and you may then use ftp to copy the file to your computer. Locked files will go to a protected ftp site and you must use ftp to download those, even within NRAO. The instructions for downloading will be e-mailed to you. Be sure to specify binary for the copy. If you are located in the AOC in Socorro, you may set an environment variable to the archive location, e.g.,
export E2E=/home/acorn2/ftp/pub/e2earchive CR for bash shells setenv E2E /home/acorn2/ftp/pub/e2earchive CR for C shells such as tcsh
and simply unlocked data files directly from the public download area. Note that the file will be deleted automatically after 48 hours in both public and protected data areas. The data file may be read from disk into AIPS using UVLOD or FITLD, using:
> DEFAULT ’UVLOD’ ; INP CR to initialize and review the inputs needed. > DATAIN ’E2E:filename’ CR where filename is the disk file name in logical area E2E; (see § 3.10.3). > DOUVCOMP FALSE CR to write visibilities in uncompressed format. There are no weights at present, so there is no loss of information in compressed format, but the conversion from compressed format costs more than reading the larger data files. > OUTNA ’myname’ CR to set the AIPS name. > OUTCL ’ ’ CR to take default (UVDATA) class. > OUTSEQ 0 CR to take next higher sequence #. > OUTDI 3 CR to write the data to disk 3 (one with enough space). > INP CR to review the inputs. > GO CR to run the program when you’re satisfied with inputs.
Watch the messages from UVLOD to see where your data set goes and whether the task ran properly. When it is finished, check the output header:
> INDI n; GETN m CR to select the data set on disk n and catalog number m. > IMHEAD CR to examine the header.
Note that the header does not show the usual complement of AIPS extension files. CASA translates the on-line data into its internal format and then writes the uvfits file read by AIPS. Since CASA does not have files comparable to AIPS index and CL tables, it does not provide them. To build index and calibration tables, use;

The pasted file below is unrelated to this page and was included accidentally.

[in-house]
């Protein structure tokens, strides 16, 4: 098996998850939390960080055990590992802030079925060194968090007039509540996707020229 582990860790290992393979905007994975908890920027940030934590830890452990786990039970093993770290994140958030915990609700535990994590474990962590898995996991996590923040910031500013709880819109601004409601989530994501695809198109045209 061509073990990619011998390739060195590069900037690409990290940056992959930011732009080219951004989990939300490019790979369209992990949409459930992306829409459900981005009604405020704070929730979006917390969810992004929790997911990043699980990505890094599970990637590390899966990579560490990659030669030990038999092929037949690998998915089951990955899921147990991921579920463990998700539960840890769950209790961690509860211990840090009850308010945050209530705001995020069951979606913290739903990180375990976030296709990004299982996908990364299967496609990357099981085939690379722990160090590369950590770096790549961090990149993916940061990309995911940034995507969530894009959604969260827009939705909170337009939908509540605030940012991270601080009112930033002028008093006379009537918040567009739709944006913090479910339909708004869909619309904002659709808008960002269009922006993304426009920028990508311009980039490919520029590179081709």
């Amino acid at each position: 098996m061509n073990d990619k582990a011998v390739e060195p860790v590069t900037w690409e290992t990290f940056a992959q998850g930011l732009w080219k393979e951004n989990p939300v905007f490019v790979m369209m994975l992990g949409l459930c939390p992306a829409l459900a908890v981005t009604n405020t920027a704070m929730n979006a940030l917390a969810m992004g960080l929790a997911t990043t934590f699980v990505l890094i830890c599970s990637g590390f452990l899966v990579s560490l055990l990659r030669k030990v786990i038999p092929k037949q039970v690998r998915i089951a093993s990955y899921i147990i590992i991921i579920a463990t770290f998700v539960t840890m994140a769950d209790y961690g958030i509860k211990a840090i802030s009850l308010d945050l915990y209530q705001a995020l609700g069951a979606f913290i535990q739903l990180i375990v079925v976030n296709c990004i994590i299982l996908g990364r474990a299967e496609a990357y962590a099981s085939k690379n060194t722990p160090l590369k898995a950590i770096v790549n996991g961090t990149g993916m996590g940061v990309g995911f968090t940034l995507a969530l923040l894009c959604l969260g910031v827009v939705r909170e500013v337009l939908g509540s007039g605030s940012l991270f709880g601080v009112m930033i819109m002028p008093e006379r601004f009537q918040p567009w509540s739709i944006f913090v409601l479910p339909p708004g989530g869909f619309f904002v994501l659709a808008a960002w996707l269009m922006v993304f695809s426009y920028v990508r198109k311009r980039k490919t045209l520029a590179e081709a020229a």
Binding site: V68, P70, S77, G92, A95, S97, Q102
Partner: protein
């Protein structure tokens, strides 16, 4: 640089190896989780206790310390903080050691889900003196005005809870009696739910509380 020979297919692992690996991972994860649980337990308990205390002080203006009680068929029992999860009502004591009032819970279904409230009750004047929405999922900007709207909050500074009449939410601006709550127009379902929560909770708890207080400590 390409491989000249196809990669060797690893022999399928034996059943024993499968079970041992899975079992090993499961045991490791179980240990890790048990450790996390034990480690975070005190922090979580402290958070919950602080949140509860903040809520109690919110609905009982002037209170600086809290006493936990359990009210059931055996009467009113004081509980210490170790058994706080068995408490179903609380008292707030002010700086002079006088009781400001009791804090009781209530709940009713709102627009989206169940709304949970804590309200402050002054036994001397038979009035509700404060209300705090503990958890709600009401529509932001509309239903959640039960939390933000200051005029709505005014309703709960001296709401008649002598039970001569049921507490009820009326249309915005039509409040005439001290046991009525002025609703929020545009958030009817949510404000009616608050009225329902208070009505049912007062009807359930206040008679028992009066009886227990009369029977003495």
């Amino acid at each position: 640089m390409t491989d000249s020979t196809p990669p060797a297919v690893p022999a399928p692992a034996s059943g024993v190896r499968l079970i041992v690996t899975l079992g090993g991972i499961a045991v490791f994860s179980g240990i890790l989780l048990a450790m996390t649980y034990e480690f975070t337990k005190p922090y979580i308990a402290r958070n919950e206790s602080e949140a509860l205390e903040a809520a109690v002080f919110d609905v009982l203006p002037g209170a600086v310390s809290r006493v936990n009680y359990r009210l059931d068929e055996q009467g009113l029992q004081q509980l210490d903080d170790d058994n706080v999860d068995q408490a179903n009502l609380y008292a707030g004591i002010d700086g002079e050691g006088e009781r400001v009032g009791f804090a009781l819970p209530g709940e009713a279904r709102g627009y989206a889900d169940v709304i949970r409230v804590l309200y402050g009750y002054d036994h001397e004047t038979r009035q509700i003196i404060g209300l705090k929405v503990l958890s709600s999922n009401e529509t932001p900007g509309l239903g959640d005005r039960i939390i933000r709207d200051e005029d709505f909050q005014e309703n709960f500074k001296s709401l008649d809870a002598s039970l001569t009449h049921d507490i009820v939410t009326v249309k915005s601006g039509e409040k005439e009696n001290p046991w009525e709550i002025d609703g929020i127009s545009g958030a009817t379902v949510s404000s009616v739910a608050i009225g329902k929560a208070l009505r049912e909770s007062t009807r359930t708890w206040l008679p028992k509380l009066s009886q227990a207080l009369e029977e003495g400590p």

> TASK ’INDXR’ ; INP CR to select the task and review its inputs. > INFILE ’ ’;PRTLEV=0 CR to be sure not to use an input text file and to avoid excess messages. > CPARM=0,0,1/2 CR to make a CL table 1 with a 30-second interval. > BPARM τ , 0 CR to take default VLA gains and a zenith opacity of τ . Set τ = −1 for no opacity correction. You may set τ = 0, which is now recommended, to get new default opacities. These are based on a detailed model predicting the opacity at any frequency from that at 22 GHz. The combination of weather and seasonal model long used by FILLM and INDXR is now used solely to estimate the 22 GHz opacity. > GO CR to run the task after checking the inputs.
It is a good idea to list the structure of your data set and your antenna locations on the printer and to keep those listings next to your work station for reference:
> DEFAULT LISTR ; INP CR to initialize the LISTR inputs and review them. > INDI n; GETN m CR to select the data set on disk n and catalog number m. > OPTYPE ’SCAN’ ; DOCRT -1 CR to choose a scan listing on the printer. > GO ; GO PRTAN CR to print the scan listing and the antenna file contents.
Read these with care. There have sometimes been problems with antenna identifications, with the order of the IF frequencies, and even with identification of sources by scan. Task SUFIX may be used to correct the last problem and, if desired, FLOPM may be used to reverse the frequency order. You may have to use SETJY to change the CALCODE of some sources if your calibration sources have a blank calibrator code or your target sources have a non-blank calibrator code.
Initial Calibration -- FRING
We have had difficulty setting all of the delays in the EVLA to values which are sufficiently accurate. If the delay is not set correctly, the interferometer phase will vary linearly with frequency, potentially wrapping through several turns of phase within a single spectral window (“IF band”). We hope that bad delays will not arise in future, allowing you to skip this section. But this is a problem familiar to VLBI users and AIPS has a well-tested method to correct the problem. Using your LISTR output, select a time range of about one minute toward the end of a scan on a strong point-source calibrator, usually your bandpass calibrator. Then
> DEFAULT FRING ; INP CR to initialize the FRING inputs and review them. > INDI n; GETN m CR to select the data set on disk n and catalog number m. > TIMERANG db,hb,mb,sb,de,he,me,se CR to specify the beginning day, hour, minute, and second and ending day, hour, minute, and second (wrt REFDATE) of the data to be included. > SOLINT 1.05 CR to set the averaging interval in minutes slightly longer than the data interval selected. > DPARM(9) = 1 CR to fit only delay, not rate. > INP CR to check the voluminous inputs. > GO to run the task, writing SN table 1 with delays for each antenna, IF, and polarization.
to specify the beginning day, hour, minute, and second and ending day, hour, minute, and second (wrt REFDATE) of the data to be included. Too much data will cause trouble. to set the averaging interval in minutes slightly longer than the data interval selected. to fit only delay, not rate. to check the voluminous inputs. to run the task, writing SN table 1 with delays for each antenna, IF, and polarization. The different IFs in current EVLA data sets may come from different basebands and therefore have different residual delays. The option APARM(5)=1 to force all IFs to have the same delay solution is therefore no longer appropriate. This SN table will need to be applied to the main CL table created by INDXR.